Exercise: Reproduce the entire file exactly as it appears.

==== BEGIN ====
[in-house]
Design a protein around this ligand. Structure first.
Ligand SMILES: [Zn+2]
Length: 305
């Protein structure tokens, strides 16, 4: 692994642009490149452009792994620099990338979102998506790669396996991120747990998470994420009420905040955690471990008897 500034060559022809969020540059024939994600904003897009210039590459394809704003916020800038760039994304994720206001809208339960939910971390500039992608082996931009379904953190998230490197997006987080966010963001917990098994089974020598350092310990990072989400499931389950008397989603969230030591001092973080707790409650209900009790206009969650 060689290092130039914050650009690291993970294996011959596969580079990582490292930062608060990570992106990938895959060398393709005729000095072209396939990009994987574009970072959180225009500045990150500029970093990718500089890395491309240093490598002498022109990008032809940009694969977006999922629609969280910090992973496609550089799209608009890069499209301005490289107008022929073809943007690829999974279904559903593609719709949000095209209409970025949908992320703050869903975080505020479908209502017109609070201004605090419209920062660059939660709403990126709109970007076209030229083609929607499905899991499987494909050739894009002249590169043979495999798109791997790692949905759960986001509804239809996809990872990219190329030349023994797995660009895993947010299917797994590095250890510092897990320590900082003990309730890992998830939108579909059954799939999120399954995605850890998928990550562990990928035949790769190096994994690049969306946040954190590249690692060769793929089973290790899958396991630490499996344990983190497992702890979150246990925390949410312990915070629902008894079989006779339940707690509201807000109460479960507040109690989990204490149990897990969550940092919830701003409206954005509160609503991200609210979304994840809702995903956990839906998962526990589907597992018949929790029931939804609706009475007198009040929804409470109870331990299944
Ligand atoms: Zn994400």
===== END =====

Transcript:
[in-house]
Design a protein around this ligand. Structure first.
Ligand SMILES: [Zn+2]
Length: 305
């Protein structure tokens, strides 16, 4: 692994642009490149452009792994620099990338979102998506790669396996991120747990998470994420009420905040955690471990008897 500034060559022809969020540059024939994600904003897009210039590459394809704003916020800038760039994304994720206001809208339960939910971390500039992608082996931009379904953190998230490197997006987080966010963001917990098994089974020598350092310990990072989400499931389950008397989603969230030591001092973080707790409650209900009790206009969650 060689290092130039914050650009690291993970294996011959596969580079990582490292930062608060990570992106990938895959060398393709005729000095072209396939990009994987574009970072959180225009500045990150500029970093990718500089890395491309240093490598002498022109990008032809940009694969977006999922629609969280910090992973496609550089799209608009890069499209301005490289107008022929073809943007690829999974279904559903593609719709949000095209209409970025949908992320703050869903975080505020479908209502017109609070201004605090419209920062660059939660709403990126709109970007076209030229083609929607499905899991499987494909050739894009002249590169043979495999798109791997790692949905759960986001509804239809996809990872990219190329030349023994797995660009895993947010299917797994590095250890510092897990320590900082003990309730890992998830939108579909059954799939999120399954995605850890998928990550562990990928035949790769190096994994690049969306946040954190590249690692060769793929089973290790899958396991630490499996344990983190497992702890979150246990925390949410312990915070629902008894079989006779339940707690509201807000109460479960507040109690989990204490149990897990969550940092919830701003409206954005509160609503991200609210979304994840809702995903956990839906998962526990589907597992018949929790029931939804609706009475007198009040929804409470109870331990299944
Ligand atoms: Zn994400």